NEW flood defences costing more than £40 million have been completed after two years of work.

The Shoreham Adur Tidal Walls Defence Scheme will protect more than 2,300 homes and 150 commercial properties currently at risk from flooding. The defences stretch from the harbour mouth up the River Adur to the A27.

Chief executive of the Environment Agency Sir James Bevan said the defences would protect the seaside town “for the next hundred years” as sea levels rise due to climate change.

He said: “The standard here is higher than most of our projects. In any given year there’s now only a one-in-300 chance of flooding.

“Residents will see more investment in the town, as well as lower insurance prices and more safety in their own homes.

“Ultimately the project is about making Shoreham an even better place.”

Many Shoreham residents still have memories of the 2013 floods that swept through the city, including submerging parts of the airport.

But this new project uses materials, including 15,000 bricks which should prevent the Adur from bursting its banks any time soon.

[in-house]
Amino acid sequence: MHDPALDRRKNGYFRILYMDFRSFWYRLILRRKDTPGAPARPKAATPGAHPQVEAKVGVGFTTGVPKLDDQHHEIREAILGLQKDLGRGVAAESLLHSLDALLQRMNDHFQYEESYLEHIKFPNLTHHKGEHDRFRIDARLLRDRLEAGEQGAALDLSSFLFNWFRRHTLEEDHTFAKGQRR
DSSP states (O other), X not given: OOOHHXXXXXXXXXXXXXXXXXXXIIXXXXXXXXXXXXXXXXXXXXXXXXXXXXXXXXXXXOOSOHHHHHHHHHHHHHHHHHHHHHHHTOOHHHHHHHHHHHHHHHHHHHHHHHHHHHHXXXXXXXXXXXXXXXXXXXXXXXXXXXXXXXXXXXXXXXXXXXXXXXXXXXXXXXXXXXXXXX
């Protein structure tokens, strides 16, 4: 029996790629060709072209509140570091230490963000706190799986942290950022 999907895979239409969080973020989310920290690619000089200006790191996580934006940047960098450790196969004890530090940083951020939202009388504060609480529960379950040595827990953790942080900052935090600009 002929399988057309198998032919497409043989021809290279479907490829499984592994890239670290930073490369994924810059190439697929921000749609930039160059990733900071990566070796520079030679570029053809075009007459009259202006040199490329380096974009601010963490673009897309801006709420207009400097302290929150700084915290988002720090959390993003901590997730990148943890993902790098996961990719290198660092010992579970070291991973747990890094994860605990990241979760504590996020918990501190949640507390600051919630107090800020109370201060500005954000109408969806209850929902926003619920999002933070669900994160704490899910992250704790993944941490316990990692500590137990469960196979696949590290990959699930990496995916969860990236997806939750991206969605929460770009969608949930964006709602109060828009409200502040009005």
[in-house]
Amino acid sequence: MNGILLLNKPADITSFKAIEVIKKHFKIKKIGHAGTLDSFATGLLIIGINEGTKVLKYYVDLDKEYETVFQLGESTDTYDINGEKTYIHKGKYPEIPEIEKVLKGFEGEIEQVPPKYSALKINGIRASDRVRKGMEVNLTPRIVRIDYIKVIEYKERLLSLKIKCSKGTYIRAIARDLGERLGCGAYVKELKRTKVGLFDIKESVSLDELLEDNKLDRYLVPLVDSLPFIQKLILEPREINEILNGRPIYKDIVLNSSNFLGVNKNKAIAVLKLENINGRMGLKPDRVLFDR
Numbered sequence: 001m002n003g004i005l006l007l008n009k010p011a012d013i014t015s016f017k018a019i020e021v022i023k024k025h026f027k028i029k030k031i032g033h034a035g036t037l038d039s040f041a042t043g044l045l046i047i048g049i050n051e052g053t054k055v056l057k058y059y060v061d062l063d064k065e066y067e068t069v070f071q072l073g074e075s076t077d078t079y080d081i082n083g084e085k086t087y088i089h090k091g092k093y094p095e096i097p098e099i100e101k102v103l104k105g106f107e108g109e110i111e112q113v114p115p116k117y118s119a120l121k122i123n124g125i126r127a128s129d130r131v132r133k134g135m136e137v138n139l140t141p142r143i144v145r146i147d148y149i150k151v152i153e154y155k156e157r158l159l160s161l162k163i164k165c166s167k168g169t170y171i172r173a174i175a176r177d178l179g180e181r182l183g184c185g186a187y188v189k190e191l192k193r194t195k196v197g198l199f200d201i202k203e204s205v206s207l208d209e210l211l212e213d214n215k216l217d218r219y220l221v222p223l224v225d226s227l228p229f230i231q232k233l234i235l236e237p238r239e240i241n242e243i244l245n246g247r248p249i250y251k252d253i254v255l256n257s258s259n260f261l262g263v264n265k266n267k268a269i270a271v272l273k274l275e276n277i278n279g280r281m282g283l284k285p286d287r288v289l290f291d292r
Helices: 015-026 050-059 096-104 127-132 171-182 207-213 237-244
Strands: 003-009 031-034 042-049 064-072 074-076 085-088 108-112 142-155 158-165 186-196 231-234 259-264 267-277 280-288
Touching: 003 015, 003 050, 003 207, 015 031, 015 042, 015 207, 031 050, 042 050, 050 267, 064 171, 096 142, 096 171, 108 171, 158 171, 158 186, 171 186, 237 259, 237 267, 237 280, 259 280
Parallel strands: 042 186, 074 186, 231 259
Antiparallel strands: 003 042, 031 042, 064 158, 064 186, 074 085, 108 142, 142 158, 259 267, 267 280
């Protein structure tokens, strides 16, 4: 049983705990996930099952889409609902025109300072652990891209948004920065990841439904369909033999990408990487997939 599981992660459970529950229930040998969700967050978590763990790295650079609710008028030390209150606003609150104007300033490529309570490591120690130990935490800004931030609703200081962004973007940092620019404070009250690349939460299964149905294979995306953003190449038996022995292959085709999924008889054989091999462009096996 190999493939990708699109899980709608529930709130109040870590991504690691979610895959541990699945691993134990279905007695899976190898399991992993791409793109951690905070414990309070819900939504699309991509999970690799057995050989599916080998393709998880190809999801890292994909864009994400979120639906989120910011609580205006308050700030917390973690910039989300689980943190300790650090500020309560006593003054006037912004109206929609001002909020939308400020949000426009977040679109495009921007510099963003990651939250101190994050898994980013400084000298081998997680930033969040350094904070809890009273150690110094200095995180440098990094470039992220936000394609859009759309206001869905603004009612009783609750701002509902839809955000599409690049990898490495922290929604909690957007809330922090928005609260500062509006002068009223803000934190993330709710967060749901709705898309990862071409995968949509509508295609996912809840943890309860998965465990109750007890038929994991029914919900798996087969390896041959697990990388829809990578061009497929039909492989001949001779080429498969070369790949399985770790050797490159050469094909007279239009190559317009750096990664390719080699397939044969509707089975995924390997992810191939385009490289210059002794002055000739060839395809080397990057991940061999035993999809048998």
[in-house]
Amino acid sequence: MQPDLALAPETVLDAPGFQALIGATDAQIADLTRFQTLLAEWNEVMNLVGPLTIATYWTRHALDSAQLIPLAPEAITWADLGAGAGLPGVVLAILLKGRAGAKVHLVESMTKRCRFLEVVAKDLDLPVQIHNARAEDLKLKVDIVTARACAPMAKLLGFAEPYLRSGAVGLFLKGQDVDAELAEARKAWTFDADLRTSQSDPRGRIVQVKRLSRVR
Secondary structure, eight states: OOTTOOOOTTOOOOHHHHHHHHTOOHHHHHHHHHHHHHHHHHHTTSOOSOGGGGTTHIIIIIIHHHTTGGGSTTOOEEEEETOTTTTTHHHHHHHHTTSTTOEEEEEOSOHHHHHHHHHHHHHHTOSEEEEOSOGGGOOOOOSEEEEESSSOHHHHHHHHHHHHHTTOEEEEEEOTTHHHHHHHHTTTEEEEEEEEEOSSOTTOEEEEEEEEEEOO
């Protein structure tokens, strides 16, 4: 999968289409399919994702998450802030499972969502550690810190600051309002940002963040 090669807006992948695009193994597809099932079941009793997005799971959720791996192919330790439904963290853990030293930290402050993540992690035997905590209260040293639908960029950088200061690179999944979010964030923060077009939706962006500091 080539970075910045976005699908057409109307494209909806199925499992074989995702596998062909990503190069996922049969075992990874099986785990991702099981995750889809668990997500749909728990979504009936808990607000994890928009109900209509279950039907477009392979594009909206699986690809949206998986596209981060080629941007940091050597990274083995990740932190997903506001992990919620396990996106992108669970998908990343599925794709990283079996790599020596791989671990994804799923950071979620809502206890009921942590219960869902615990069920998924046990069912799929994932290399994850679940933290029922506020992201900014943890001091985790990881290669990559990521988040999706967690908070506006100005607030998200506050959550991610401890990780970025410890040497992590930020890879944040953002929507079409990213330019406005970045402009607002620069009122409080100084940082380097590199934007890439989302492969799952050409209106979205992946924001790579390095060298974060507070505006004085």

A network of underwater and on-land walls have been installed, decreasing the risk of high tides flooding the town.

Most of the funding for the £45 million project came from the Government, while Coast To Capital Local Enterprise Partnership contributed £6 million.

Adur District Council spent £800,000 on the project, a “vital investment” in the words of council leader Neil Parkin.

Cllr Parkin said: “It’s what’s stopping Shoreham-by-Sea from becoming Shoreham-in-Sea. Before these defences, all it took was a full moon, a strong southerly wind, and a high tide and the conditions for a flood were there. Now Shoreham residents can sleep safely.”

Tim Loughton, Conservative MP for East Worthing and Shoreham, said: “In a time when it’s difficult to get investment, it’s a really good news.

“I’m sure this will help businesses in Shoreham to succeed.”